Your thighs are your wheels—your preferred method of transport, the torque behind your speed, the core to the spring in your step. They are basically responsible for helping us take the 3,512 average number of steps every day…
So if your thighs are so important, why are you ignoring them?
If you’re like most people, you likely dread those “heavy” leg days that leave you hobbling out of the gym. (We like to call it Jelly leg syndrome, but we’re sure there’s a more scientific name for it!) If that’s you, then stay tuned for some growth-spurring leg-training tips that’ll finally take the dread away and make you excited to put your legs through the routine on this page.
Of course, if you’re on the other side of the spectrum and love training legs, lusting throughout the week for that familiar burn, then we have a hunch you too are going to really enjoy these tips for increased intensity and growth. Whatever camp you are in, let’s get right to the information that matters.
“Regardless of how much you like or dislike leg training, this review is bound to shed new light on the dark part of the gym where the leg equipment lives.”
Upper Leg Muscles: A Brief Review
The upper legs (or your thighs as they’re more commonly called) are made of a number of serious muscle groups with both leading and support roles—the star actors being the quadriceps and the hamstrings. The quads make up the bulk of your front leg, while the massive hamstrings and glutes run the back of the leg. Each muscle group has an opposing function, but the groups are highly dependent on the other’s function and role in athletic performance and weight lifting.
The quadriceps femoris (a.k.a. “quads”) is a group of four muscles covering the femur bone of the thigh. The first muscle group of the quad is the vastus lateralis, which is found on the outer part of your upper leg often called the quad sweep. The vastus medialis lies on the inside of you upper leg forming a teardrop just above your knee. The vastus intermedius is found on the top part of the femur and is also located deep into the lateralis and medialis muscle groups. Making up the fourth muscle group of the quad, the rectus femoris runs from the hip bones (the iliac crest) all the way down to the knee (platella). All of these four muscles are responsible for extending the leg at the knee.
The back of the upper leg is comprised of three hamstring muscles. The muscle we sit on is called the biceps femoris and has both a long head near the hip (ischial bone) and a short head above the back of the knee that connects to a tendon which connects to the fibula. The inside-back of the thighs are comprised of the semitendinosus and semimembranosus muscles. Sound like a mouthful? Well, they both connect between the hip and the tibia bone of the lower leg. Lastly and certainly not the least important, the gluteus maximus (“glutes”) is the largest and thickest hip muscle and consists of the thickest and strongest fibers in the body. These muscles pull the thigh and lower leg backward like that of a thigh extension (pulling your heel to your butt).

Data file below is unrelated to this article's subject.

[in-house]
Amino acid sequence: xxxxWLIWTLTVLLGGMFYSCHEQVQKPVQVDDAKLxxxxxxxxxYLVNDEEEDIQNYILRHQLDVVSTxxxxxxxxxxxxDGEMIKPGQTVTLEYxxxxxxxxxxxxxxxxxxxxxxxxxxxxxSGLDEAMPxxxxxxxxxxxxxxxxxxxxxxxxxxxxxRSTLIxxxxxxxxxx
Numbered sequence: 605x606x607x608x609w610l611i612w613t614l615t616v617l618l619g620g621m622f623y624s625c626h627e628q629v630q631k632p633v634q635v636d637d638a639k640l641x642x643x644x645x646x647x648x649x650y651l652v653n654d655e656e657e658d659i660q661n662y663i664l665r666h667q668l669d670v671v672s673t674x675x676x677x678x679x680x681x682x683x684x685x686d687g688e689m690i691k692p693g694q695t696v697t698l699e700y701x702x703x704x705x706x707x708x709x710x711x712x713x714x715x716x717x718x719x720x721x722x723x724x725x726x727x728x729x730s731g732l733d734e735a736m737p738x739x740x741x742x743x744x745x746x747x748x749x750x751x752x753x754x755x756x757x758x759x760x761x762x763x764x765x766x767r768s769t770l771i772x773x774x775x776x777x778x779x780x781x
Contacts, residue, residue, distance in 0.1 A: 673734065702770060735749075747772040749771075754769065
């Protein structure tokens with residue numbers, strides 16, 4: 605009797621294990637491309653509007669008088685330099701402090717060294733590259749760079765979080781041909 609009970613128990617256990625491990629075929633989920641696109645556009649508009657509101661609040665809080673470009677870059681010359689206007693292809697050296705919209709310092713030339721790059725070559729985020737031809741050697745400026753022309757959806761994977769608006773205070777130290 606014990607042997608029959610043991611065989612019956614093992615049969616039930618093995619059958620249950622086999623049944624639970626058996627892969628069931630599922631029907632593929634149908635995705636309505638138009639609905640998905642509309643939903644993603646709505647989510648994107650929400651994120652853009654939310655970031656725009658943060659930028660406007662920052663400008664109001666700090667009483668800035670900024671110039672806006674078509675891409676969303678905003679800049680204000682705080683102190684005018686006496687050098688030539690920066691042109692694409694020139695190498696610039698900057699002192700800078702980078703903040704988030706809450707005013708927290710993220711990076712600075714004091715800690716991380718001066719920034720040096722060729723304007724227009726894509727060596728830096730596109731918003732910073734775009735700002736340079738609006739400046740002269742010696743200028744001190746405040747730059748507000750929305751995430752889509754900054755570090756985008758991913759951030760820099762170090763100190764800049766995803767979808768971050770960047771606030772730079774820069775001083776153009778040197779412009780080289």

To design a strong leg program, it’s very important to know the function of each muscle and how to place maximum tension on it to stimulate fast growth.
5 Unique Exercises to Propel Your Upper Leg Development
Without argument, the single best thigh exercise is the barbell squat—with dead lifts and heavy leg presses being the close runner-ups. There’s no doubt about it, building impressive legs requires one or more of these fundamental exercises. If you think otherwise, then we can almost guarantee you that, no matter hard you try, you’re likely never to develop your legs to their full potential…
The following exercise recommendations are designed to help increase your strength, whether you do them before, during (as a “super-set”), or after the primary lifts listed above. They will increase your muscle size, separation (e.g., definition), and greatly enhance muscle contractile strength and overall power:
Certainly not the easiest of exercises, front squats are mostly performed by athletes and serious lifters wanting to greatly enhance their quad sweep. With the front torso bearing most of the weight, the bar must rest on the anterior (front) deltoid, with the arms in an upright position to support the movement.
When doing the front squat look up at a marker higher than your eye level, so that you keep your positioning up and firm throughout the movement.
Single-Leg Romanian Deadlifts
An absolutely amazing exercise for stimulating maximal hamstring growth and strength, these single leg deadlifts provide a burn that’ll last for days! Besides one-legged lying leg curls, this is the best exercise to isolate each leg. This exercise requires strict form, and it’s easy to recruit lower back muscles into the exercise, so read carefully.
With perfect posture, hold a dumbbell in each hand while placing one foot slightly ahead of the other (about a half-step). With your palms facing toward your body, slowly lower the dumbbells to your shins with your front knee slightly bent.
When the dumbbells reach mid-shin level, squeeze your glutes and push your hips forward to return to the starting position without rounding the back. Keep your chest lifted with your back flat from start to finish. The beauty of this exercise is it doesn’t require you to go all the way down to your toes to stimulate the hams, and you don’t need extremely heavy weight to achieve a high level of stimulation.